March 16, 2015; KRTV News (Great Falls and Central Montana)

Televangelist Creflo Dollar wants a $60 million Gulfstream 650 airplane so he can more quickly spread what he claims to be the teachings of Jesus. Specifically, he is hoping to attract “200,000 people committed to sow $300 or more (to) help achieve our goal to purchase the G650 airplane.” Please remember that taxpayers supplement Pastor Dollar’s abundant lifestyle through his church’s tax exemption.

Dollar is the pastor of tax-exempt megachurch World Changers. World Changers, which is based on the so-called “prosperity gospel,” is one of those investigated by the Senate Finance Committee led by Senator Chuck Grassley in 2007 for a lack of transparency and for practices that appeared to be aimed at lining the pockets of the pastors themselves at the expense of congregants. In fact, Dollar was deemed the least cooperative of those investigated, and eventually the investigation came to naught.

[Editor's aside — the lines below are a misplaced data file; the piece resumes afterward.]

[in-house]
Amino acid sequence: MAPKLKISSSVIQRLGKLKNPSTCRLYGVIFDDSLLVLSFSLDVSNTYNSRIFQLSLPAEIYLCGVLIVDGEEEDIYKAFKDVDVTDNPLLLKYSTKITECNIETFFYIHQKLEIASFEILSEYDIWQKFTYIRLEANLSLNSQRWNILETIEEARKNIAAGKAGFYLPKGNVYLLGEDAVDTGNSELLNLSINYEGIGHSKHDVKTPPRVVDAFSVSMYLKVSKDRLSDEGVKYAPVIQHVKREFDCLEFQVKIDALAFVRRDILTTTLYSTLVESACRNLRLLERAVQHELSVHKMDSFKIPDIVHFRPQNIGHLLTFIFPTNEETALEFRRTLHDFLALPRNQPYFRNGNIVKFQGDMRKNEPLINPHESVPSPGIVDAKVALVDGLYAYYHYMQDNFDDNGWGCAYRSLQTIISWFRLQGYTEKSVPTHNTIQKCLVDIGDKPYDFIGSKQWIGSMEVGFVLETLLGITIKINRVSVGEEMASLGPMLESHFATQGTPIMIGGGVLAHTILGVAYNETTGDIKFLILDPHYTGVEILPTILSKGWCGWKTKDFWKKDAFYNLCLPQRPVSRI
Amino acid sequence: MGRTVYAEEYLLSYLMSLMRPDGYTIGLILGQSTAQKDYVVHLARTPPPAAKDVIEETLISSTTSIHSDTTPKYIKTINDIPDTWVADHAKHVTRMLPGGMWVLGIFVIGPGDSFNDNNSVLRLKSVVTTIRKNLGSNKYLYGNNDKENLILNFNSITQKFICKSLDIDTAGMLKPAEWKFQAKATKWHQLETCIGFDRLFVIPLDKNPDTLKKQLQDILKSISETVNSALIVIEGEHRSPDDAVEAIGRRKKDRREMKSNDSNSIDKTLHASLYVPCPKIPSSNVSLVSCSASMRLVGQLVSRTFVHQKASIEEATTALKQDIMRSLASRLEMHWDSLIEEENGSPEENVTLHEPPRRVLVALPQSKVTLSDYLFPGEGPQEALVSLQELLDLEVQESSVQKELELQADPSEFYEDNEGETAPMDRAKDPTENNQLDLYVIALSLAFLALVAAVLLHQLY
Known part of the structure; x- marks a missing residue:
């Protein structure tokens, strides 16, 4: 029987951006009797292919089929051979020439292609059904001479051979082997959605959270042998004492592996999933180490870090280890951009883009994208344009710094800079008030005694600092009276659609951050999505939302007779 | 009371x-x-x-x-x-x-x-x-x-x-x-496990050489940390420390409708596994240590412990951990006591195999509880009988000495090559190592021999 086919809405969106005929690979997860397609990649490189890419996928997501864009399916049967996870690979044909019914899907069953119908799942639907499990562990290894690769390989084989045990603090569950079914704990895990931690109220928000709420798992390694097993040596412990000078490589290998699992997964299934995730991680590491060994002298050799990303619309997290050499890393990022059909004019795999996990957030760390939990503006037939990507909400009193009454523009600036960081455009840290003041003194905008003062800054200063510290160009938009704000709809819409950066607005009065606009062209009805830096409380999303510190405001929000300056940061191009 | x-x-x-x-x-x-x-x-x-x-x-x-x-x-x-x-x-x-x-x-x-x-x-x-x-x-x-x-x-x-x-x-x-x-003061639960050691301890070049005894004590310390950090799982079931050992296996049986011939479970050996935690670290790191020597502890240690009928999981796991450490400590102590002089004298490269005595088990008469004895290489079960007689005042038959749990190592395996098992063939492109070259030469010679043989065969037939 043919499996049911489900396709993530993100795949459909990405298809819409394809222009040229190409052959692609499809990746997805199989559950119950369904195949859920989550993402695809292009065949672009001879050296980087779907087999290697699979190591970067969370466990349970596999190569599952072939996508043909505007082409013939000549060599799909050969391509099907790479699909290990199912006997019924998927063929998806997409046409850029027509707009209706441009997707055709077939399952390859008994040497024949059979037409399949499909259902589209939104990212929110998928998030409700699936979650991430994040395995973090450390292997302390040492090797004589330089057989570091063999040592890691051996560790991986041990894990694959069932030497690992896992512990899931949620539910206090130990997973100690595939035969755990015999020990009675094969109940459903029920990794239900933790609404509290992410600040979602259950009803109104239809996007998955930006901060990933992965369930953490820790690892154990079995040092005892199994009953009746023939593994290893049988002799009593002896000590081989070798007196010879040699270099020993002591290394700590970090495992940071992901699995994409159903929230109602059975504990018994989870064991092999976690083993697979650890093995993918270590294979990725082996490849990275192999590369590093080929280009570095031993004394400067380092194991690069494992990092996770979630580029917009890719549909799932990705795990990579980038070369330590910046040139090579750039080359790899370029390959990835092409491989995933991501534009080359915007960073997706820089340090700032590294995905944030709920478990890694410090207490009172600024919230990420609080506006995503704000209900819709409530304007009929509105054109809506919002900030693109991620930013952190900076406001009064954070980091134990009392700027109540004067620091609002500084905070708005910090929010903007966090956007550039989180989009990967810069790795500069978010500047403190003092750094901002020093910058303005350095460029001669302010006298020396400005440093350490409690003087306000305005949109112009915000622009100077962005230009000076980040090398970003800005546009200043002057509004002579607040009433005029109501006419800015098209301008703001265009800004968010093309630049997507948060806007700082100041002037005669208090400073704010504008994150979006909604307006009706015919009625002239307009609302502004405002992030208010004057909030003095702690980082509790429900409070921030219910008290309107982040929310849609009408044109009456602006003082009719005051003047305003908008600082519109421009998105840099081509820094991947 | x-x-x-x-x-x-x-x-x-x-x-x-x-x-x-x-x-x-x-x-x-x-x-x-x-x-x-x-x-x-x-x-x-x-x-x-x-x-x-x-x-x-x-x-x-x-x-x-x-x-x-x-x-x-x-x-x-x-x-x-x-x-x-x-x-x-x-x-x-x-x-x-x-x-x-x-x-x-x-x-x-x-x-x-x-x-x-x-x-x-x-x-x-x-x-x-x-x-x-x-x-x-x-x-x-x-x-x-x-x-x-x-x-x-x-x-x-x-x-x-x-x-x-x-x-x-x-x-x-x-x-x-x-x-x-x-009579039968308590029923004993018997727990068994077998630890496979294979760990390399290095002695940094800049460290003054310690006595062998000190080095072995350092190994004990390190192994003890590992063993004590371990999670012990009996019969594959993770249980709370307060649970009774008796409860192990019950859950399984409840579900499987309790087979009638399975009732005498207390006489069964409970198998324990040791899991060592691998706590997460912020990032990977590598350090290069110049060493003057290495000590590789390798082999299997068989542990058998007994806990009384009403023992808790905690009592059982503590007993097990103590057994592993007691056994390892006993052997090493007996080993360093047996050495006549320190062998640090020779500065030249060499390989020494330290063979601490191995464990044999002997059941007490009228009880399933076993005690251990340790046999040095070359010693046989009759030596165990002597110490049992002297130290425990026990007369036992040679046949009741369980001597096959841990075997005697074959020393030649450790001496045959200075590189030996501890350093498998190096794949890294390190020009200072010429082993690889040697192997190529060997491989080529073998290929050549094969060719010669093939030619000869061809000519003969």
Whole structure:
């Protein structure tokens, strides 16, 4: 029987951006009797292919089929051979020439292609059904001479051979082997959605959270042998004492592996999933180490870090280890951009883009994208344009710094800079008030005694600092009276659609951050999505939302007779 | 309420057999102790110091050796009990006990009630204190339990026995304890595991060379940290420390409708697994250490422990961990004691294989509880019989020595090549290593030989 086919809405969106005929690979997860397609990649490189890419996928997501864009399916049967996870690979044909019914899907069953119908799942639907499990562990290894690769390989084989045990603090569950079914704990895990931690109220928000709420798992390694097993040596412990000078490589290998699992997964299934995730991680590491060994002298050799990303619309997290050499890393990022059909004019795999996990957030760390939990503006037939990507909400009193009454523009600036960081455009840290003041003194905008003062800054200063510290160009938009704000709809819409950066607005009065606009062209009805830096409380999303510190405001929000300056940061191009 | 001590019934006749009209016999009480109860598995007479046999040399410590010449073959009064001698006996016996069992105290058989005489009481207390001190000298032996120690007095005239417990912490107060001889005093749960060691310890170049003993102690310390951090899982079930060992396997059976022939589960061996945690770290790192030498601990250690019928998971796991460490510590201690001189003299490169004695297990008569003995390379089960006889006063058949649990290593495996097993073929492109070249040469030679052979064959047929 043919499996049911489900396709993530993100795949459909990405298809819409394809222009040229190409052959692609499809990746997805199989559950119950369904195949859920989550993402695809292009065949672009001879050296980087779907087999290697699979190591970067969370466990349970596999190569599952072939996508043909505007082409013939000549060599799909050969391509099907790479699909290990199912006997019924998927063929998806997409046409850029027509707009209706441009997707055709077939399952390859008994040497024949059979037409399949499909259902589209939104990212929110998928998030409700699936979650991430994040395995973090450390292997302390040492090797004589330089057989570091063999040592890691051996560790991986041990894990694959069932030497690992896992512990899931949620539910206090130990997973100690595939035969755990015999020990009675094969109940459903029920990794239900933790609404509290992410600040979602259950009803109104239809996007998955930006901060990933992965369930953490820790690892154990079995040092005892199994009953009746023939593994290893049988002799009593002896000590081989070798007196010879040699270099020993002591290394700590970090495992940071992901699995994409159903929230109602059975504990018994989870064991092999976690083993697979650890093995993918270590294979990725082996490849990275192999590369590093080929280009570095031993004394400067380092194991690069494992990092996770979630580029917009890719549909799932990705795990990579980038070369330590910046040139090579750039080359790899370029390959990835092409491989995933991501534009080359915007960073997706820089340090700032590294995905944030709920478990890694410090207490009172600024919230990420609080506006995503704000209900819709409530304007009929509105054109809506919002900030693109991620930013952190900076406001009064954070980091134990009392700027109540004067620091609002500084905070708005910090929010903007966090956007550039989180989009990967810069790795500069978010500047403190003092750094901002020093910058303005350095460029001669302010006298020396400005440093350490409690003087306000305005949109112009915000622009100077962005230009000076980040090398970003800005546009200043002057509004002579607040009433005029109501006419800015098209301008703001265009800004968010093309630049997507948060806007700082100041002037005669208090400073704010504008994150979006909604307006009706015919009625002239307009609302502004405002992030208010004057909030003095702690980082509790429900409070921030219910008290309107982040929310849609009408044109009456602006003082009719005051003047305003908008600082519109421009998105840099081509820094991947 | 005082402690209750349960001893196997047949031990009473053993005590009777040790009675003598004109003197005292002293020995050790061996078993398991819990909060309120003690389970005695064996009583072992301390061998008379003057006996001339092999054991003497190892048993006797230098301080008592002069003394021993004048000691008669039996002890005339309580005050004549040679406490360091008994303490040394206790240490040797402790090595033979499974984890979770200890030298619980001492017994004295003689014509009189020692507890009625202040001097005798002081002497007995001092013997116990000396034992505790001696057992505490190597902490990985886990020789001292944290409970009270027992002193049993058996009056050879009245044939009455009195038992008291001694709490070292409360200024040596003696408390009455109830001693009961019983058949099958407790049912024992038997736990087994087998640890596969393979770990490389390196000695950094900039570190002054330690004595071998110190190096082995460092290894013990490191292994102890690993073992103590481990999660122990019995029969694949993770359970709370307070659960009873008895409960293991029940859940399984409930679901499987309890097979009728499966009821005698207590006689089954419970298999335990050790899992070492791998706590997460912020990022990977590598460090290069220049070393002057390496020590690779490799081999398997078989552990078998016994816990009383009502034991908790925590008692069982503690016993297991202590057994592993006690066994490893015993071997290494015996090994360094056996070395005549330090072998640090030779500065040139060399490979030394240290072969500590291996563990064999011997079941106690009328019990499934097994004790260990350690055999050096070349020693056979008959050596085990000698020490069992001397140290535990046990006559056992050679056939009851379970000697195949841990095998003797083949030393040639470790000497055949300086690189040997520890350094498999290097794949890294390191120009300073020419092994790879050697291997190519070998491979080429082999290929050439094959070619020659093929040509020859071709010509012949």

Transparency of these tax-exempts is, of course, hampered by the fact that churches are not required to file annually with the IRS in the same way as other nonprofits.

Dollar still has an enthusiastic following, with 30,000 members. In fact, Pastor Dollar uses his own enrichment through ministry as proof his prosperity gospel works—through “sowing a seed” by making a (tax exempt) donation to the church with, say, the rent money, he becomes living proof of the plentiful harvest that will be enjoyed by the giver eventually.

Dollar’s church has a bit of experience with aircraft. In 2006, World Changers and its related business entities had at various points owned four different aircraft, all of which were flown for personal use. In fact, among its related business entities were private airports and aircraft leasing companies. With Dollar’s lack of cooperation, the staff of the senate committee concluded, “we are unable to determine whether and the extent to which they are reporting and paying taxes on income earned in those entities.”

Still, Dollars’ “Gulfstream for God” may have been a step too far or too flamboyant, attracting a lot of outcry. The webpage that had been erected specifically for the purpose of collecting money for the high-flown project has been taken down—but, reportedly, one can still make a donation for the purpose.—Ruth McCambridge